Final Fantasy XV: Pocket Edition (iOS)
February's iOS games
February might be the shortest month of the year, but it had no shortage whatsoever of huge, exciting iOS game releases. Long-awaited games like snowboarding (well, sandboarding) sequel Alto’s Odyssey and epic role-player Final Fantasy XV: Pocket Edition were the biggest releases of this past month, but they’re hardly alone on this list.
Other games like the heartbreaking Florence, hilarious Run Gun Sports, and super-charming Bring You Home might not have quite the same stature as those aforementioned games, but they’re all well worth a look. Read on to find out more about our picks for the 10 most notable iOS game releases this month, and don’t miss January’s list if you’re seeking other options.
Alto's Odyssey ($5)
Even three years after its debut, Alto’s Adventure remains one of our go-to games on iOS and Apple TV—but now the long-awaited Alto’s Odyssey is here to take its place. Like the original, Alto’s Odyssey is a side-scrolling snowboarding game with dazzling sights and a really chill atmosphere, but now the journey takes you to a different kind of destination.
In fact, you’re sandboarding this time around, coasting around some epic dunes as you backflip, grind on bunting lines, and take in some seriously majestic backdrops. It’s not a hugely different experience, but with new elements like wall-riding and hot air balloons, Alto’s Odyssey keeps the familiar whimsy and allure well intact.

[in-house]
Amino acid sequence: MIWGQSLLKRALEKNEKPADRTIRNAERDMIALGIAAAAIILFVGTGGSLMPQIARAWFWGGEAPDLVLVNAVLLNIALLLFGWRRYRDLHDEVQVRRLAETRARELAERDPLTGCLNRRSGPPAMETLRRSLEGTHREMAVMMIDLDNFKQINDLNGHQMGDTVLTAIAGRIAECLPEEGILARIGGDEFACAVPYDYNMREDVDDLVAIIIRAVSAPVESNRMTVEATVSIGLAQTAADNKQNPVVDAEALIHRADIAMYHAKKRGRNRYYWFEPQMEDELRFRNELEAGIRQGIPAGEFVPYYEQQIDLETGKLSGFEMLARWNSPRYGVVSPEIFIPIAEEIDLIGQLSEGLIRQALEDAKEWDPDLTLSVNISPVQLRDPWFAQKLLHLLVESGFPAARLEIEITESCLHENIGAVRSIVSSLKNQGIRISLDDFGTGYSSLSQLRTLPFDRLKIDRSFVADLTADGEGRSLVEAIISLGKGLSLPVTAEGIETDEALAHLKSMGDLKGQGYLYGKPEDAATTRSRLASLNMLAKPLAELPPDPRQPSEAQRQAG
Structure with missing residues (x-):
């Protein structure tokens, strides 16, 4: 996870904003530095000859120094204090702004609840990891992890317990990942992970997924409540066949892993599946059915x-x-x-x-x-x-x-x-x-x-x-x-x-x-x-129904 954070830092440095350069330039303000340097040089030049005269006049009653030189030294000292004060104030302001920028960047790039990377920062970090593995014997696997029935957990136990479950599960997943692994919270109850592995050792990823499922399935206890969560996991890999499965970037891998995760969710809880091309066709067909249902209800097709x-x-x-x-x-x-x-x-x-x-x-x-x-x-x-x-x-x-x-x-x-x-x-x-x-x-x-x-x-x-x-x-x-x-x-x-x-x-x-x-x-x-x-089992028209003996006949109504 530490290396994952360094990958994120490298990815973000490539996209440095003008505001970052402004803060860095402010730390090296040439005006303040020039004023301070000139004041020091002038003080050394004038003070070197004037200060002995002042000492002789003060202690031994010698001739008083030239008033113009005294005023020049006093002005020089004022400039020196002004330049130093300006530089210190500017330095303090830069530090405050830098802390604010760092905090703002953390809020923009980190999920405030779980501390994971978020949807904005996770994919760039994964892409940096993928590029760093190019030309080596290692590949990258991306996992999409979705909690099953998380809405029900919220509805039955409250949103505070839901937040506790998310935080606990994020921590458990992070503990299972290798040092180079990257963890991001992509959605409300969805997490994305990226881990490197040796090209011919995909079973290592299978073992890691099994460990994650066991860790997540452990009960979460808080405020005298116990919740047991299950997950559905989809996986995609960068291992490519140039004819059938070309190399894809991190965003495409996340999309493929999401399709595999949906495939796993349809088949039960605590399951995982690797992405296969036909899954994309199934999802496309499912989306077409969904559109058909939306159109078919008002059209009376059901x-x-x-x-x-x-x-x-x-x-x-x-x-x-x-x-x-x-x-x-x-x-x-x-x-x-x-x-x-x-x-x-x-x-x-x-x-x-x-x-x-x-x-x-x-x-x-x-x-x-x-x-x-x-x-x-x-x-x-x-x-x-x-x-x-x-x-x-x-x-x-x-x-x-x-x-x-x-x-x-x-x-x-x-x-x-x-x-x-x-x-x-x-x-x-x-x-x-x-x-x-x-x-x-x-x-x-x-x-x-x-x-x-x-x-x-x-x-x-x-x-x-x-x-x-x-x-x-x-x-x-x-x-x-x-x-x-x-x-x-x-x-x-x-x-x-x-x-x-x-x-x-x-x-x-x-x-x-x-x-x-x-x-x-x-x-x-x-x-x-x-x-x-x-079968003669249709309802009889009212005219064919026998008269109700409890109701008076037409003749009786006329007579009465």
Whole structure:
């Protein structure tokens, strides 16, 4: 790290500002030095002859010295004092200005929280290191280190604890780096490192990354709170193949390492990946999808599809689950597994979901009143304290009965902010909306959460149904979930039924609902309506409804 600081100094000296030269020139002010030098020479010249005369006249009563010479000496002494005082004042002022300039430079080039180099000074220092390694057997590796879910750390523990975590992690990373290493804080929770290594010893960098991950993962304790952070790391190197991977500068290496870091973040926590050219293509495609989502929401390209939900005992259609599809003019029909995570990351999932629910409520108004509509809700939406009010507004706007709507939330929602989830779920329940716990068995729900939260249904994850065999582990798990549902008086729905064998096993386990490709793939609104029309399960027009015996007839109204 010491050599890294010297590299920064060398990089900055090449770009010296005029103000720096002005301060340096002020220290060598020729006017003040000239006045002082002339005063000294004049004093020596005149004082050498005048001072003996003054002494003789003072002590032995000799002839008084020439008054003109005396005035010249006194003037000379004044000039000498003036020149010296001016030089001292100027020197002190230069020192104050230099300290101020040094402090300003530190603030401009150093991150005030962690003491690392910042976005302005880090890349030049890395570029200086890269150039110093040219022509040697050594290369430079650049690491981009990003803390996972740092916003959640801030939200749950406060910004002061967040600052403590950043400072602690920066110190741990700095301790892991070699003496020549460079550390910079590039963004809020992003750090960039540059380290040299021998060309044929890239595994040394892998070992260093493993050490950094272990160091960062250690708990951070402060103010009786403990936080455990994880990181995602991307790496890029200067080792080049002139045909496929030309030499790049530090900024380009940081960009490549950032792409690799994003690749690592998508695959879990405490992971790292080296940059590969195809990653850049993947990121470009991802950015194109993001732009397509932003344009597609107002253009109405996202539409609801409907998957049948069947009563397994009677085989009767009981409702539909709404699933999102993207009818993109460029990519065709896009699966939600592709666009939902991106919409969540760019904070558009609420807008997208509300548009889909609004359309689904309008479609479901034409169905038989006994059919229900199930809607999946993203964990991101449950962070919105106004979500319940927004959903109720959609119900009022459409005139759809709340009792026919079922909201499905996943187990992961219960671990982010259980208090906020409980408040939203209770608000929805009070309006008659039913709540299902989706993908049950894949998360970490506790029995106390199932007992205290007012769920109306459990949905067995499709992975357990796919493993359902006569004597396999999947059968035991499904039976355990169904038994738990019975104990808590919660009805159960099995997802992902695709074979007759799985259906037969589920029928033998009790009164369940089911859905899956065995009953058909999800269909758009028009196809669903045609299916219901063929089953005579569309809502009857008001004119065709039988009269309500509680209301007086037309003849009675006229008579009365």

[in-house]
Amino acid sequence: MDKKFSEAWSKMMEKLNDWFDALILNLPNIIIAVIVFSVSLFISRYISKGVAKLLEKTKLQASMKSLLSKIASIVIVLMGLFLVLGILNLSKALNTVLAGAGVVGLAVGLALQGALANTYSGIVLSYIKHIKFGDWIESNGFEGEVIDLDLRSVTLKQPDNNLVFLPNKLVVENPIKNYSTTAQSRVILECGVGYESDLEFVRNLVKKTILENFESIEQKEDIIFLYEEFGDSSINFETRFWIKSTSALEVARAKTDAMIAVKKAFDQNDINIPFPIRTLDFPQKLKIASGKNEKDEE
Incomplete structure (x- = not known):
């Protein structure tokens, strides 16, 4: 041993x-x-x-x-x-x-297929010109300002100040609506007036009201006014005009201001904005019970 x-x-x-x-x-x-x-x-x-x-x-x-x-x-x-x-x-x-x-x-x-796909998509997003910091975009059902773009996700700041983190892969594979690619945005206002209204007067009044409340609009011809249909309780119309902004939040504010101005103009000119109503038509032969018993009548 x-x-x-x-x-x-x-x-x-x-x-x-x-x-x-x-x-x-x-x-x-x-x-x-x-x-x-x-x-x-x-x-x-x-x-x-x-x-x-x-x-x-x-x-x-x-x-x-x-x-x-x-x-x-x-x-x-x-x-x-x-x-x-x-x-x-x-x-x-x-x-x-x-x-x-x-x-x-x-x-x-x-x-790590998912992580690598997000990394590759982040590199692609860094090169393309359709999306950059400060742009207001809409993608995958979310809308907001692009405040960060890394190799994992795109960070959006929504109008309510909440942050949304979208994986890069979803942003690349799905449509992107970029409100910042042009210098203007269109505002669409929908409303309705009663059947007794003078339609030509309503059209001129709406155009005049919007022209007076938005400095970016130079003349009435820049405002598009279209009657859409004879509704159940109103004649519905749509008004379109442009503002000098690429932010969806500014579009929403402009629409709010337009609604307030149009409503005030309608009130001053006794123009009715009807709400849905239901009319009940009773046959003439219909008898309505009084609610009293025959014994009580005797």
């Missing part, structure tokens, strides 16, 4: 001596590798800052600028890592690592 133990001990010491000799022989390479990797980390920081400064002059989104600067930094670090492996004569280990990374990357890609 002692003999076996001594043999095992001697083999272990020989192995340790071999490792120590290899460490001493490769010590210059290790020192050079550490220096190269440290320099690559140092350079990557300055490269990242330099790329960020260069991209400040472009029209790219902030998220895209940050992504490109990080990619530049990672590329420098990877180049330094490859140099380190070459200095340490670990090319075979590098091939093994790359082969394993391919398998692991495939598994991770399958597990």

Final Fantasy XV: Pocket Edition (Free)
Many of the older Final Fantasy games have been ported to iPhone and iPad, but this is something entirely different. Final Fantasy XV: Pocket Edition is a complete reworking of the most recent console role-playing adventure, streamlining the quest into a slightly more manageable mobile affair along with a swap to cartoonish graphics.
We dug a bit deeper into Pocket Edition this month, but our main takeaways were very positive. It has the same compelling story and characters as the $60 console game (including the voice acting), but there’s less meandering along the way. Final Fantasy XV: Pocket Edition’s first chapter is free, with the other nine sold separately or in a discounted bundle within.